I’m not gonna grumble about Facebook’s new set of billionaires. I don’t even worry at the moment if Facebook is prying into this post to garner more information about me. I wonder what I can learn from Facebook to improve the lives of the artists I work with. After all, Facebook must have done something right. They weren’t the first to market. Friendster and Myspace came before them. So what parallels do I see in their success that any artist can replicate? Here are five biggies:
1) KEEP IT SIMPLE, STUPID
Remember the early days of Myspace? Annoying graphics and colors clashing with insane widgets all over the place. What did Facebook do? White pages with a thin blue bar. A modest number of links, but all done in a neat orderly fashion. Sure, it’s expanded over time, but to get it going they kept it as simple as possible to attract people. Counter that with many artist web sites. A ton of junk and useless information competing for ones’ attention. A lack of focus on pushing a single song. A cacophony of information that is often never updated. The audience just wants to hear your music. Everything else is secondary. Focus on the one thing you presumably do well. If you don’t get that done right, the other stuff is irrelevant.
2) BE OPEN
To grow their audience, Facebook opened up their API so developers could do some cool new integration tools. Sure, they’ve closed that off somewhat and change the rules often, but that happened AFTER they became huge. Not on the way up. Meanwhile, on the music side, many artists close themselves off. They overprice music that is hard to give away. They withhold music on Spotify because it doesn’t pay much and forego the exposure. They complain about people’s ability to use their music on YouTube videos without permission. Get over it. The more open you are to new uses, the more likely your music will grow.
3) IMAGE MATTERS
Once you nail the content, you’ve got to use images and have a definable image. Think about how many Facebook posts are more successful with an image. The better the photo, the more likes and comments. Without nailing those images, you’ll have a hard time finding an audience to embrace you. At the same time, you need an image that remains branded in people’s minds. Last week, people complained about the lack of respect Mark Zuckerberg gave investors by showing up to meetings in a hoodie. I, on the other hand, saw in my mind a very defined image of who Mark Zuckerberg is. Rather than worry about pleasing or conforming, make yourself undeniably memorable.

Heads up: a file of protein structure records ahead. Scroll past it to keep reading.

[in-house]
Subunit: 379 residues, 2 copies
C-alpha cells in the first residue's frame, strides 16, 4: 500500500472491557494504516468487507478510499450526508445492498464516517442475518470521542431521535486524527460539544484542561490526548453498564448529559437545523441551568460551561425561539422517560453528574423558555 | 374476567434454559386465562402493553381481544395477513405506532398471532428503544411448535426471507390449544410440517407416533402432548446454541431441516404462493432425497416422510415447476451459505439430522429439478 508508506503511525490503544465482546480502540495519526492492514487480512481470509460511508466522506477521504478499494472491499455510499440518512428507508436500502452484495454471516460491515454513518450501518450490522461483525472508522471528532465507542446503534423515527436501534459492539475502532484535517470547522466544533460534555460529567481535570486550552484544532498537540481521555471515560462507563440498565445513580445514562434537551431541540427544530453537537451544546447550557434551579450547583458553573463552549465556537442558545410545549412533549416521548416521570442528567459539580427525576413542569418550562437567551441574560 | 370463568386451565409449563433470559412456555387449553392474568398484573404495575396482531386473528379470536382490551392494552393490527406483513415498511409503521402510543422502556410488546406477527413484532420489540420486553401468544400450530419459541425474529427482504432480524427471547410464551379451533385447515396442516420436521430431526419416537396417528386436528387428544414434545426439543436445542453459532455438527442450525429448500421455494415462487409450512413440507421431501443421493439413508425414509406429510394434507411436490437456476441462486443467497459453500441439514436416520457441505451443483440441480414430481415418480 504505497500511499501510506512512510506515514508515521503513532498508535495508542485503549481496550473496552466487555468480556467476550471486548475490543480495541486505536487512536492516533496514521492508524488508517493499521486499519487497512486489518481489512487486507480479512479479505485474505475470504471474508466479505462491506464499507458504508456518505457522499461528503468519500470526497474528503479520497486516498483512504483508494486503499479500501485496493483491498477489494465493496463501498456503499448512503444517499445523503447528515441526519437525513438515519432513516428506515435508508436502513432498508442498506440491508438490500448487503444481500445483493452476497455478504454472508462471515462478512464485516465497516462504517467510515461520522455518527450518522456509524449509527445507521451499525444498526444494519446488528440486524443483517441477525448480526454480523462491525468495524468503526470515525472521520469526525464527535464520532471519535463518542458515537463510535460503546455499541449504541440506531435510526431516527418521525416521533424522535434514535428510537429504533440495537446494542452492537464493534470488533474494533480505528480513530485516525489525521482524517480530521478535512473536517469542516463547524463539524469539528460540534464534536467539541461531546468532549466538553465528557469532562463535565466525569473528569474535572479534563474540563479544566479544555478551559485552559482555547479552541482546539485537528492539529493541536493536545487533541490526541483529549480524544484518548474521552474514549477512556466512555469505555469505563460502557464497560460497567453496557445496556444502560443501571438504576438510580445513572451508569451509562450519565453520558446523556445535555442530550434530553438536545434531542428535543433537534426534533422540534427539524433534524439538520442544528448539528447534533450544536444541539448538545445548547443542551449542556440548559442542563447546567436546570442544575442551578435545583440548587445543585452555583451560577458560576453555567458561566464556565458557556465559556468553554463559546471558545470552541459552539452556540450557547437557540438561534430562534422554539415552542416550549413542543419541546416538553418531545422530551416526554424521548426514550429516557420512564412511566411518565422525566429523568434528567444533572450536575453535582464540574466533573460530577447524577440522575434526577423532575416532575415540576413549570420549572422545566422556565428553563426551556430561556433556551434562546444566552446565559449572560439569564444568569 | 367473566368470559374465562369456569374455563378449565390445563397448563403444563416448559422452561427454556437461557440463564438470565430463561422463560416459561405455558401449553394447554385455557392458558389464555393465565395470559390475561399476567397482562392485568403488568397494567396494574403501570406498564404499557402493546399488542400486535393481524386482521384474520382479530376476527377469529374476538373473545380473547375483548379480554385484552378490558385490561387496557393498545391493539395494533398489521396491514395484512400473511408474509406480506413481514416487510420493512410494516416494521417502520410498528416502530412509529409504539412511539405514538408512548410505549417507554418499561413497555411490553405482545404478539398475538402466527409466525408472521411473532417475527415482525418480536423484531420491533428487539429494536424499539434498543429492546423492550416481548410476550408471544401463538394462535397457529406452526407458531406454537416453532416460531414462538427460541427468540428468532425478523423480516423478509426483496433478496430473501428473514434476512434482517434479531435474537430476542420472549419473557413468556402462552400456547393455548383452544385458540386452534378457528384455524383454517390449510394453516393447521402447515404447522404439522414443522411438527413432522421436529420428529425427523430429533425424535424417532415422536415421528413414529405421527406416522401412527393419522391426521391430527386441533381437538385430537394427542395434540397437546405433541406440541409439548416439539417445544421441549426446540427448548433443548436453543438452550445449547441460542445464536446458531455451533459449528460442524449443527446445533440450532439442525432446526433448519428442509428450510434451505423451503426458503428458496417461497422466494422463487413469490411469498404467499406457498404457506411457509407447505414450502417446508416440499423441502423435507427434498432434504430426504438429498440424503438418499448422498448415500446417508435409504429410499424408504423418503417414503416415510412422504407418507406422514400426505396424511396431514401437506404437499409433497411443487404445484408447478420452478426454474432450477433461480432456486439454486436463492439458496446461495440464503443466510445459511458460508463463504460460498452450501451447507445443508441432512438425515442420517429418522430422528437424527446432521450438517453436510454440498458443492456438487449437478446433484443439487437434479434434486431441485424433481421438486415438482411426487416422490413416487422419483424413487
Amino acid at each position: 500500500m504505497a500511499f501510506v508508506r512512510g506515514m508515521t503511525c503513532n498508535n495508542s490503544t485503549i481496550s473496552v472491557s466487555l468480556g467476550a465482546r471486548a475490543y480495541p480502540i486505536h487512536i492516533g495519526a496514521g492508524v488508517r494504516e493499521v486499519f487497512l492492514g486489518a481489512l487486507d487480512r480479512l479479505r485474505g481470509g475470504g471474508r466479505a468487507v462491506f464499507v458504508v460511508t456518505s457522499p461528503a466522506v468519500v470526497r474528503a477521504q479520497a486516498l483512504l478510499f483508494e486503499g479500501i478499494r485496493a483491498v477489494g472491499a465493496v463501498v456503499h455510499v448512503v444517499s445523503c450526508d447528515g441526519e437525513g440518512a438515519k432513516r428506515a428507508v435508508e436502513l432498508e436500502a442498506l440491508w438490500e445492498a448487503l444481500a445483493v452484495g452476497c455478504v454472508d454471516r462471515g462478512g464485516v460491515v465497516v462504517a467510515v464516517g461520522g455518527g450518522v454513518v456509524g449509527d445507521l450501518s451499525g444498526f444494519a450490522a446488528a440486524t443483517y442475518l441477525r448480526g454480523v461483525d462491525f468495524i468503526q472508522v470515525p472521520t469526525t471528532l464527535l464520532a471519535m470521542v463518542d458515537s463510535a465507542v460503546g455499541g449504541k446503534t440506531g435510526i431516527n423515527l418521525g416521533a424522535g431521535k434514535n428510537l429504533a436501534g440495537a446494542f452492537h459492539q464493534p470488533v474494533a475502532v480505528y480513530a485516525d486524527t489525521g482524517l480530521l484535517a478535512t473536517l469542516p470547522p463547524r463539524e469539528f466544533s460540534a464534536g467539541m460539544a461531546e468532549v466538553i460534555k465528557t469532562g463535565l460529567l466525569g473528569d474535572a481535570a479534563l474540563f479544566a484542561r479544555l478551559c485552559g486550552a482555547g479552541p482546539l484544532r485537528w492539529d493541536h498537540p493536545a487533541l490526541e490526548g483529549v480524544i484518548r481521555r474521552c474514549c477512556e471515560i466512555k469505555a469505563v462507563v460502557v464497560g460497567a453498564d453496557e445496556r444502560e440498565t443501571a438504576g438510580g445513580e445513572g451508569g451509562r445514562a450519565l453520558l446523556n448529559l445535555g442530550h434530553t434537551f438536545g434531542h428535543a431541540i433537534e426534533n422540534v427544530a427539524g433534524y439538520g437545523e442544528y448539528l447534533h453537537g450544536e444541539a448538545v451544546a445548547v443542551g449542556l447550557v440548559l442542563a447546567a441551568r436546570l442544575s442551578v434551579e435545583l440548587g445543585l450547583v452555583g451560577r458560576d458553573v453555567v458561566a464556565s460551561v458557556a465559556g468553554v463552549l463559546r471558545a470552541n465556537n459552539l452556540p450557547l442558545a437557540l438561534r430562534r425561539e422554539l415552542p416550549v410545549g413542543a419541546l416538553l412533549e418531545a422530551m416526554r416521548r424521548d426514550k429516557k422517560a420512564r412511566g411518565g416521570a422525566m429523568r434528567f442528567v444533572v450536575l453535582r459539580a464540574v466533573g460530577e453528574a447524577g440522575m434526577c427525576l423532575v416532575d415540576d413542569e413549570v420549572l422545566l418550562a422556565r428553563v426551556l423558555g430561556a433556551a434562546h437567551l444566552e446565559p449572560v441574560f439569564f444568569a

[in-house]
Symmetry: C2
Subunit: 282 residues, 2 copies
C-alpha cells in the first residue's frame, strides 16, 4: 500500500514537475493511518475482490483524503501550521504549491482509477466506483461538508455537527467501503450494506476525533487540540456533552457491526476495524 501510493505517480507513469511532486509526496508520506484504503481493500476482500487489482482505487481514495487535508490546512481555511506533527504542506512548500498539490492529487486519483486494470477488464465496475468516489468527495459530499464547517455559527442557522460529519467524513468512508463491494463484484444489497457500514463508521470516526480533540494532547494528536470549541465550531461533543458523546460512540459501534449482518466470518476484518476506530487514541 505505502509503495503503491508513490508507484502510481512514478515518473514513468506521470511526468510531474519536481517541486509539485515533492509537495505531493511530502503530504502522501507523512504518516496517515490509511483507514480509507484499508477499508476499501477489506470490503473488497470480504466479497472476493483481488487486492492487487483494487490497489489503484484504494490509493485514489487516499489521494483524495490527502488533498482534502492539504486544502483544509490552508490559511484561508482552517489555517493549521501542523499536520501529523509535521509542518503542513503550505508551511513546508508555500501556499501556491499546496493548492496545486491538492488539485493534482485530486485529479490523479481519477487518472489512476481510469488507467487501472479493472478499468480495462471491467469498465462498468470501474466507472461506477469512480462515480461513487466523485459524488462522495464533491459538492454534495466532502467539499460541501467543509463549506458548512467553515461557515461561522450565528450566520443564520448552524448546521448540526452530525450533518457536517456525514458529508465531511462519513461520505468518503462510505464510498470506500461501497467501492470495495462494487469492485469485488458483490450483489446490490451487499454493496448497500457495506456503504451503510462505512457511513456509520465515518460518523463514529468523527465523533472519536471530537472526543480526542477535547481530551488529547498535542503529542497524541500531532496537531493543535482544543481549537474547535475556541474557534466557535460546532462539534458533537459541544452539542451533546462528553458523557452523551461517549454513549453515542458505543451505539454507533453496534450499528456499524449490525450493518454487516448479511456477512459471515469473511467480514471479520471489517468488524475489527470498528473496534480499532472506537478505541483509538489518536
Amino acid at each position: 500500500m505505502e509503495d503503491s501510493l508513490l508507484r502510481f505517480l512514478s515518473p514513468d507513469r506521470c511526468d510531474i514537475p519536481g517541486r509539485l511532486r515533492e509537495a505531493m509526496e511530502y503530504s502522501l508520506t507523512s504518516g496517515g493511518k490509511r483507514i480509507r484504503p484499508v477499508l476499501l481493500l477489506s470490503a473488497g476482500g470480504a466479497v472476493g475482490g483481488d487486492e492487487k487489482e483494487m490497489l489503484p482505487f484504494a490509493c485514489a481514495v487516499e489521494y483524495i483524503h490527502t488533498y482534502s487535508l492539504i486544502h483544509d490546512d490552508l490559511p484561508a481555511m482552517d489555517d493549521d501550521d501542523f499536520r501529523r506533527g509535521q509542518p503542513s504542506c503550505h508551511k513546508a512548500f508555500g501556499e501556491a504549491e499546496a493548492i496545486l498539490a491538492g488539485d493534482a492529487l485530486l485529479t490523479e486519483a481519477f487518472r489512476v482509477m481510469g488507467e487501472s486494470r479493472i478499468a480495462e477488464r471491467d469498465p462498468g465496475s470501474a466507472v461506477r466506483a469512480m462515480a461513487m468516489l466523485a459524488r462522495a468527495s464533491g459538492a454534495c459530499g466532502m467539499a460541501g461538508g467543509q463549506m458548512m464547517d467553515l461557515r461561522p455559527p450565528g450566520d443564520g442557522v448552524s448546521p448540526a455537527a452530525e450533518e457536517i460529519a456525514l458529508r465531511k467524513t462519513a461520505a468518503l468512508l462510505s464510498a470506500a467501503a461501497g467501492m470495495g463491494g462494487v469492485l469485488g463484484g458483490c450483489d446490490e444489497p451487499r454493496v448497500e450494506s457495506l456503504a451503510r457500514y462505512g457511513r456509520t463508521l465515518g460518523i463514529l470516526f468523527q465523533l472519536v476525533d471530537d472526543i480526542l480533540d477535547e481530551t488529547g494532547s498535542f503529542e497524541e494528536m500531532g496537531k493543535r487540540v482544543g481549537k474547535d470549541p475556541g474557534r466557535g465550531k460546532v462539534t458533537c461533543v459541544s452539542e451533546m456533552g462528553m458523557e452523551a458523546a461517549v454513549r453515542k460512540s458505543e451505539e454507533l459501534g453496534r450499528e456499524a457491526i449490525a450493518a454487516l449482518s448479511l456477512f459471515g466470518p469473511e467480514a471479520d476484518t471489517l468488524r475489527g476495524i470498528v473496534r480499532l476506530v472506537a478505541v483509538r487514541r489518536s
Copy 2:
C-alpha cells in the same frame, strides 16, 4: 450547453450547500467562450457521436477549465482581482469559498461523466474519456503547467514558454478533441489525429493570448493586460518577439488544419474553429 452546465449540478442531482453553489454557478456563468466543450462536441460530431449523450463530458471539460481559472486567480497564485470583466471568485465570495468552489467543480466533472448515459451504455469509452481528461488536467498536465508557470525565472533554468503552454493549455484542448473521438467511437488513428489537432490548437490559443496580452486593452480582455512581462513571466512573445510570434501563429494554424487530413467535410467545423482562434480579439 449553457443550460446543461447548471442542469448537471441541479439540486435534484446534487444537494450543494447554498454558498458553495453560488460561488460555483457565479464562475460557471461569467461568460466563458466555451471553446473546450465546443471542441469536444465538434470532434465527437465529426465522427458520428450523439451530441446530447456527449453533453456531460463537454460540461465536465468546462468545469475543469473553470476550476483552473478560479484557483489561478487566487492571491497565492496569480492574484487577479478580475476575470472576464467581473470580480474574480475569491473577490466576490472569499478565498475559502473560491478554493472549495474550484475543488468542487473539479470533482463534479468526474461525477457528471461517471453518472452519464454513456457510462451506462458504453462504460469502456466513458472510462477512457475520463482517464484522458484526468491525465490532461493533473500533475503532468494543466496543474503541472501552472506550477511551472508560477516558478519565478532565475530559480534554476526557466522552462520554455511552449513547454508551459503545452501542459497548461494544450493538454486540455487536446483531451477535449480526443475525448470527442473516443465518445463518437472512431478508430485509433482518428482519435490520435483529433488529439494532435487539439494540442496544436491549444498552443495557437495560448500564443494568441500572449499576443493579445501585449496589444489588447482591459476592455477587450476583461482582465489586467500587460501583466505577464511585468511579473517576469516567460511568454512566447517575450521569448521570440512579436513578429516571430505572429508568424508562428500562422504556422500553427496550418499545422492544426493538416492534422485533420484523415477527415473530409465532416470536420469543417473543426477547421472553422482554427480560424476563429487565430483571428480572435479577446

4) MAKE SUCCESS YOUR MISSION
Mark Zuckerberg didn’t just make Facebook. He made its success a passion. At any point, he could’ve stopped, made money and moved on. But he is consumed by a higher goal that drives him to make the business achieve heights only he can see. A billion people using the service? When you put your entire focus on nothing but the business for 24 hours a day for years on end, you can. How many artists out there are that driven? Every minute you play a video game, watch a TV show, hit the snooze bar, or stay later at the dive bar is just further proof that you don’t have it. That’s more telling than the music you create. Nearly every successful artist I know has a drive that would never let them think about any of those things. If you want to be the top of the game, the game has to be at the top of your priorities every minute.
5) LEAVE MONEY ON THE TABLE
Facebook believed in itself. They withstood years of people asking for an IPO. They could’ve gotten very rich years ago, but held out for bigger riches. Their belief in themselves and foregoing some short term financial gain paid off. Do you have the fortitude to do that yourselves? Can you reinvest every dime you make back into your music? Can you hold off on a record label payout until you’re big enough to command the biggest advance possible? Most importantly, do you believe in yourself enough to trust you can make it work?